Potential Form 可能形 (kanoukei) & dekiru -
Intermediate Lessons: 5

You may have come across potential form (or potential verb) in Japanese if you are at the intermediate level. It's one of the 2 ways to express ability and possibility to do something in Japanese.

Another way is to convert a verb into its noun-form and append ができる (ga dekiru) to it.

It's very simple to convert a Japanese verb into its noun-form. To do that, simply append こと(koto) to the dictionary-form of any verb.

For example, 話す (hanasu) becomes 話すこと (hanasu koto), 読む (yomu) becomes 読むこと (yomu koto).

By appending ができる (ga dekiru) to a noun or a verb in its noun-form, as shown in the following sentence patterns, you can express the ability and possibility of performing an action.

A. Noun ができる (Noun ga dekiru)
B. Verb + こと ができる (Verb+koto ga dekiru)

Note: Only noun that is able to connect with する (suru) verb can be used here.

Let's use some examples to show how to use the above sentence patterns...

A. Using Noun ができる


watashi wa tenisu wo shimasu
Meaning: I play tennis. (action to play tennis)


watashi wa tenisu ga dekimasu
Meaning: I can play tennis. (ability to play tennis)


watashi wa suki- wo shimasu
Meaning: I ski. (action to ski)


watashi wa suki- ga dekimasu
Meaning: I can ski. (ability to ski)

B. Using Verb + こと ができる


watashi wa nihongo wo hanshimasu
Meaning: I speak Japanese. (action to speak Japanese)


watashi wa nihongo wo hanasu koto ga dekimasu
Meaning: I can speak Japanese. (ability to speak Japanese)


koko de shashin wo torimasu
Meaning: I take photo here. (action to take photo)


koko de shashin wo toru koto ga dekimasu
Meaning: I can take photo here. (possibility to take photo)

Japanese Potential form or 可能形 (kanoukei)

To express ability or possibility, we have one more expression... Potential verb or Potential form. The meaning of "can" has already been included in the verb without using できる.

Rules for Changing Dictionary-form to Potential-form

The following are the rules for the 3 groups of Japanese verbs.

Group 1 Verbs

Group 1 verbs always end up with words containing u-sound.

To change group 1 verbs to potential-form, change the u-sound to e-sound in the last word. After that append る (ru) to the changed words and you will get the potential-form of the verb.

For example, this group 1 verb よむ (yomu) ends up with む (mu). If you change the u-sound to e-sound, む (mu) becomes め (me). Adding る (ru) at the end, you will get よめる (yomeru).

Let's look at one more example, this group 1 verb はしる (hashiru) ends up with る (ru). If you change the u-sound to e-sound, る (ru) becomes れ (re). Adding る (ru) at the end, you will get はしれる (hashireru).

Group 2 Verbs

Changing group 2 verbs from dictionary-form to potential-form is much simpler.

All group 2 verbs end up with る (ru). To change to potential-form, simply replace る (ru) with られる (rareru) and you will get the potential-form of the verb.

For example, this Japanese verb たべる (taberu) is a group 2 verb. To change to potential-form, replace る (ru) with られる (rareru) and you will get たべられる (taberareru).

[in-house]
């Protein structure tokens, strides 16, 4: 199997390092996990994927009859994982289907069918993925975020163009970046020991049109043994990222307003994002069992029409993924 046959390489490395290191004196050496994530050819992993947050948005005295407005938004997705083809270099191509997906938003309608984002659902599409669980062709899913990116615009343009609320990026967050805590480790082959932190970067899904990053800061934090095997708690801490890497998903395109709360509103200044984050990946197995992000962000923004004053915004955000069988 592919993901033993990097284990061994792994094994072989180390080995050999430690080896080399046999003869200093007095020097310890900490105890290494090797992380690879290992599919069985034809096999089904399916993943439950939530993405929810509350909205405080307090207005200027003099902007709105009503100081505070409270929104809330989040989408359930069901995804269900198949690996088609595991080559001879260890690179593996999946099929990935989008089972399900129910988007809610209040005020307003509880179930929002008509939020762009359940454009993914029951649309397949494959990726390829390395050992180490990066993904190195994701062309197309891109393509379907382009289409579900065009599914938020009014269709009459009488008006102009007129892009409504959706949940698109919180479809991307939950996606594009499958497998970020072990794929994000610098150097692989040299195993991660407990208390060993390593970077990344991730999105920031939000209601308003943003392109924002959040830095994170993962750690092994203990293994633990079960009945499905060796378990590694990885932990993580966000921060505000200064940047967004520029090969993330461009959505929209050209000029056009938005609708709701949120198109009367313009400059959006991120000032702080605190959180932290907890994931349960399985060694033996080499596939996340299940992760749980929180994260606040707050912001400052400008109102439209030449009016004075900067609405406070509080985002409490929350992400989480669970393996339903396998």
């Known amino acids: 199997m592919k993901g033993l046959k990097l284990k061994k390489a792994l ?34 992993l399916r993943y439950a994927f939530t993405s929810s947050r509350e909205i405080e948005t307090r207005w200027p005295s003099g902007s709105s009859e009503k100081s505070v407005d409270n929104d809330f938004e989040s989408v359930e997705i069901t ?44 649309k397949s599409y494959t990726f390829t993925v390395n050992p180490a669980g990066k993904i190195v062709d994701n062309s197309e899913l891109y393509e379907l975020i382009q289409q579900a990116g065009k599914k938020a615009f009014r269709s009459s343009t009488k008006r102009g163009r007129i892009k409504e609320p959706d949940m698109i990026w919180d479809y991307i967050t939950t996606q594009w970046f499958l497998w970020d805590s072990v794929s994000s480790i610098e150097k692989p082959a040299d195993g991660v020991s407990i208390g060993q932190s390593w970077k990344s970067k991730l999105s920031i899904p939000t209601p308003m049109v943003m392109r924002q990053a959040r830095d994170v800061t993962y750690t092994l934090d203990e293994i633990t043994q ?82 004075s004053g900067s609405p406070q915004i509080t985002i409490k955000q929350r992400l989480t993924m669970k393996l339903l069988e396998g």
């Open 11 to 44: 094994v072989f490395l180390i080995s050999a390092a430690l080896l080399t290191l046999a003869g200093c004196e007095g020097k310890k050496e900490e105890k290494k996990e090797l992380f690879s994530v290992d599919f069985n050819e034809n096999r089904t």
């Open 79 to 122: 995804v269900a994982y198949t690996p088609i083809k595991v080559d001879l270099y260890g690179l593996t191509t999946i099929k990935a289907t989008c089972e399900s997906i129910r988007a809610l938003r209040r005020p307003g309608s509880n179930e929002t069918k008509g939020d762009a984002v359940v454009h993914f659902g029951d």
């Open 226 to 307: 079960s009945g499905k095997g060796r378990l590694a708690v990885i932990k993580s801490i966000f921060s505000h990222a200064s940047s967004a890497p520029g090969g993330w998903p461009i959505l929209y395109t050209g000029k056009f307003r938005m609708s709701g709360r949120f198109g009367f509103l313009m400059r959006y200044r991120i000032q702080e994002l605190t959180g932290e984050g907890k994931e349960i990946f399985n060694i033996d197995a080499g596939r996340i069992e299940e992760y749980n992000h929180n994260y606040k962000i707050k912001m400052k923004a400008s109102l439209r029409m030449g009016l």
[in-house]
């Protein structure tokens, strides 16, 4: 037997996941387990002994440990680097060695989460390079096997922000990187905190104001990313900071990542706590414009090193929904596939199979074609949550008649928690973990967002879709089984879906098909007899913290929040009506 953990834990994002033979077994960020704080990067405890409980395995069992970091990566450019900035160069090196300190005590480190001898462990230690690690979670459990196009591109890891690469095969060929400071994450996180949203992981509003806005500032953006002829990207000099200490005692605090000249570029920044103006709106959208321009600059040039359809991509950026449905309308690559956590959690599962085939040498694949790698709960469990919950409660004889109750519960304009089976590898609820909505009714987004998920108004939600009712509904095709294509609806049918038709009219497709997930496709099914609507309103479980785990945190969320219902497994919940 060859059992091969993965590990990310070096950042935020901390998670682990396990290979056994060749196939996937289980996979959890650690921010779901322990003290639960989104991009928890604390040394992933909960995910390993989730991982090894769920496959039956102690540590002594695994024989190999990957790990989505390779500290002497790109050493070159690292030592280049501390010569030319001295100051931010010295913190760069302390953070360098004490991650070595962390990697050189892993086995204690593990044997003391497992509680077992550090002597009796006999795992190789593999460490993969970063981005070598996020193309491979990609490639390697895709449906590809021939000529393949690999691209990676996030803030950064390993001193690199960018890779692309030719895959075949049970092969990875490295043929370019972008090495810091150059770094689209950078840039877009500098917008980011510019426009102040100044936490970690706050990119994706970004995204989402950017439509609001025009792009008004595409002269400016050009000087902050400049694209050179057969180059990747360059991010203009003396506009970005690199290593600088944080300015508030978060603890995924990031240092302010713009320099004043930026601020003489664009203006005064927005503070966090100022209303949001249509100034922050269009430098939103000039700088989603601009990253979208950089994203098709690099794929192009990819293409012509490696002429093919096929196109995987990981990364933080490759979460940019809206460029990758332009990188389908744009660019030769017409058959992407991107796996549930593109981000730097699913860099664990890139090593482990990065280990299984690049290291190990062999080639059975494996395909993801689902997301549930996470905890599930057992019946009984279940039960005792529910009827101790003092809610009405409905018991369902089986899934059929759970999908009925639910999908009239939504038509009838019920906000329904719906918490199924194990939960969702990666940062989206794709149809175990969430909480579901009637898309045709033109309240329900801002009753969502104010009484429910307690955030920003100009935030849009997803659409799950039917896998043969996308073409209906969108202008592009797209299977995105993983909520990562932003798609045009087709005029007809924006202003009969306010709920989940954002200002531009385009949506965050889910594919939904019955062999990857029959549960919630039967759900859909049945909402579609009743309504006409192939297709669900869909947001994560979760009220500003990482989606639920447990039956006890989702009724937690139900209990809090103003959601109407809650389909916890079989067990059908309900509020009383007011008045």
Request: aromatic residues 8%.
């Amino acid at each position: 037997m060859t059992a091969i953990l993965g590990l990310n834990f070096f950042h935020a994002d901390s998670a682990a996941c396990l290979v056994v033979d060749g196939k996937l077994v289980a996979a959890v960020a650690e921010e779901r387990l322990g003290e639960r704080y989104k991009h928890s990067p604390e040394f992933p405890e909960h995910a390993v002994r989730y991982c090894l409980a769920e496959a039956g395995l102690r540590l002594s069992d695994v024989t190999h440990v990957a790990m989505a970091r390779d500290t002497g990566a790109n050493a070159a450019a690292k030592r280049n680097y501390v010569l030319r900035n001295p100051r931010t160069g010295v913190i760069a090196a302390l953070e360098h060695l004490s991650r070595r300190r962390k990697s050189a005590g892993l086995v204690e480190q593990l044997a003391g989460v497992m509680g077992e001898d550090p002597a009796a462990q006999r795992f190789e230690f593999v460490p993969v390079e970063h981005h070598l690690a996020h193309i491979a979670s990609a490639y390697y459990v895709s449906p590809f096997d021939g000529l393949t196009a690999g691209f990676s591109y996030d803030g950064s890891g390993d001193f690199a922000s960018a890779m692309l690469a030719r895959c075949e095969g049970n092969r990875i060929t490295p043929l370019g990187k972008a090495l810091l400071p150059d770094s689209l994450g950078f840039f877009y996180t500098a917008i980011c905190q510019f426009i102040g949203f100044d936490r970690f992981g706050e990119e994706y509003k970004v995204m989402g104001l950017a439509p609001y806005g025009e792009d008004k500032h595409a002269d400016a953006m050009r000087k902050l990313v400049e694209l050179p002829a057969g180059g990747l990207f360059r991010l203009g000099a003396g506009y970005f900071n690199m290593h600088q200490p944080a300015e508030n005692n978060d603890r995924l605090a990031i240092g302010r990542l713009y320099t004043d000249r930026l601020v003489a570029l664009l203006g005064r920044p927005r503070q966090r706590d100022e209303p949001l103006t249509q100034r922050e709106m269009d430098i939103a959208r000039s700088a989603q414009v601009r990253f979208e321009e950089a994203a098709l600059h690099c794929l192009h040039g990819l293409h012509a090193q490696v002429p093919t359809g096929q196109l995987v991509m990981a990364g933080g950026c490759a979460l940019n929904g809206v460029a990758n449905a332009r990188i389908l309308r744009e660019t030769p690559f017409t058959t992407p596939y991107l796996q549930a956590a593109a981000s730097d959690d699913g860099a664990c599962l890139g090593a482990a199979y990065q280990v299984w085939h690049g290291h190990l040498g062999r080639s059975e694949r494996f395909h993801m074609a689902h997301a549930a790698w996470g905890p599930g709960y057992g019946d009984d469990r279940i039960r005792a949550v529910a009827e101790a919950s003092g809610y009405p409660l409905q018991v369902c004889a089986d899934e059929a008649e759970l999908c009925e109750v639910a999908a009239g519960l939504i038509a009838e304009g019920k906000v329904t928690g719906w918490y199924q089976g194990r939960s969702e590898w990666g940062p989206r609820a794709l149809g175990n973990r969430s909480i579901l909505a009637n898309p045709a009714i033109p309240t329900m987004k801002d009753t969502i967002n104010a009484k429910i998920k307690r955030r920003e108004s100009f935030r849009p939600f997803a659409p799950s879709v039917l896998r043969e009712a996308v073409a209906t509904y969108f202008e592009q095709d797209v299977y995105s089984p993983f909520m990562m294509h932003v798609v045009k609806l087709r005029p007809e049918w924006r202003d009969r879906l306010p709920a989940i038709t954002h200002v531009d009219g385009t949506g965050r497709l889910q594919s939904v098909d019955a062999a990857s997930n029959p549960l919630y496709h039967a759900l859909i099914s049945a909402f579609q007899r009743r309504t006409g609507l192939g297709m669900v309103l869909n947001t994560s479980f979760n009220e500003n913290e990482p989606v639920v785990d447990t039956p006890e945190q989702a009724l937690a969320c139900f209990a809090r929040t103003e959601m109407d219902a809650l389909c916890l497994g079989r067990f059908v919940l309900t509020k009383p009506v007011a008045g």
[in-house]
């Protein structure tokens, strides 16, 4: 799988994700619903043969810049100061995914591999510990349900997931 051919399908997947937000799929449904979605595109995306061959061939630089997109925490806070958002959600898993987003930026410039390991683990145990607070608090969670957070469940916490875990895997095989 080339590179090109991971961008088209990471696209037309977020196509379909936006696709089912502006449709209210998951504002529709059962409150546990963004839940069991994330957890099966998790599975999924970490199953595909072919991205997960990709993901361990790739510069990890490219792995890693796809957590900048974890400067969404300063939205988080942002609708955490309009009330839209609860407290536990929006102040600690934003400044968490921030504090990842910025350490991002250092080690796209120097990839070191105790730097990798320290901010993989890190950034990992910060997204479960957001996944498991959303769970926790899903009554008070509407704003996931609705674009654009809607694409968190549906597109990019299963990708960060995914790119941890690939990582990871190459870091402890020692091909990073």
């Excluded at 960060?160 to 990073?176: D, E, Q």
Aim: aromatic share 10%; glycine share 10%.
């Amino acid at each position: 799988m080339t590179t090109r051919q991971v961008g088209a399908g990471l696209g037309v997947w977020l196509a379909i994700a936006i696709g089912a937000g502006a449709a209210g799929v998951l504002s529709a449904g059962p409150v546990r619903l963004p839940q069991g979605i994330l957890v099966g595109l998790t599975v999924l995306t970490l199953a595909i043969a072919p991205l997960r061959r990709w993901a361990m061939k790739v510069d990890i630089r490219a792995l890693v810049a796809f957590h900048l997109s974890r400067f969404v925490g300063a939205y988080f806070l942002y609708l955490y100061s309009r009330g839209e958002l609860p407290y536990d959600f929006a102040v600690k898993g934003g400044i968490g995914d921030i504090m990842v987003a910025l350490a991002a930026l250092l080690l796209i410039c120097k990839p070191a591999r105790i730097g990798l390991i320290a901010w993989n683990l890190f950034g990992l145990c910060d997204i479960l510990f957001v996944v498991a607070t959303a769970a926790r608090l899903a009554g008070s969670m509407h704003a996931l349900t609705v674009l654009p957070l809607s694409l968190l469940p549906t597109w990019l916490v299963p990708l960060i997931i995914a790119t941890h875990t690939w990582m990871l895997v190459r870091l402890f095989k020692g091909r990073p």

I will use another example to show the change. This group 2 verb ねる (neru) means go to bed. Change る (ru) to られる (rareru) and you will get ねられる (nerareru).

Group 3 Verbs

Group 3 verbs are irregular verbs. You just have to memorize them.

The potential-form of くる (kuru) is こられる (korareru) and the potential-form of する (suru) is できる (dekiru).

In summary, the following diagram shows the rules when changing dictionary-form to potential-form for Japanese verbs.

Japanese Verbs: change dict-form to potential-form

So you have 2 ways to express the meaning of ability or possibility in Japanese.

For example, the following 2 sentences mean the same thing... "I can speak Japanese".

  • 私は日本語を話すことができます。
    watashi wa nihongo wo hanasu koto ga dekimasu
  • 私は日本語話せます。
    watashi wa nihongo ga hanasemasu

NoteWhen using potential form, you have to change the particle from を (wo) to が (ga). This was what I were taught by my teacher in the beginning. However, I later found out that this is not always the case. Depending on situations, を (wo) can also be used.

We were told to use が (ga) because our teacher didn't want us to be confused when we were first learning the potential form. So in this lesson, I will still use が (ga) for the particle.

And since all potential verbs are Group 2 verbs, it's easy to change a potential verb to its other forms. Following the rules for group 2 verbs,

  • masu-form : る  ます
  • ta-form : る  た
  • nai-form : る  ない
  • nakatta-from : る  なかった

For example, using the potential verb 話せる (hanaseru), which means "can speak"...

  • masu-form : 話せる  話せます
  • ta-form : 話せる  話せた
  • nai-form : 話せる  話せない
  • nakatta-from : 話せる  話せなかった

Potential verbs can also be applied to the polite style. Using the same example,

  • Present Affirmative : 話せる  話せます
  • Present Negative : 話せる  話せません
  • Past Affirmative : 話せる  話せました
  • Past Negative : 話せる  話せませんでした

More Examples on Using Potential form and dekiru

Let's practise using both ways to express ability or possibility with more examples...


ani wa oyogu koto ga dekimasu
ani wa oyogemasu

Meaning: My elder brother can swim.


haha wa nihon ryouri wo tsukuru koto ga dekimasu
haha wa nihon ryouri ga tsukuremasu

Meaning: My mother can cook Japanese dish.


otouto wa jitensha ni noru koto ga dekimasu
otouto wa jitensha ni noremasu

Meaning: My younger brother can ride the bicycle.


ashita pa-ti- ni iku koto ga dekimasen
ashita pa-ti- ni ikemasen

Meaning: I can't go to the party tommorrow.


kinou bangohan wo taberu koto ga dekimasendeshita
kinou bangohan ga taberaremasendeshita

Meaning: I couldn't eat dinner yesterday.

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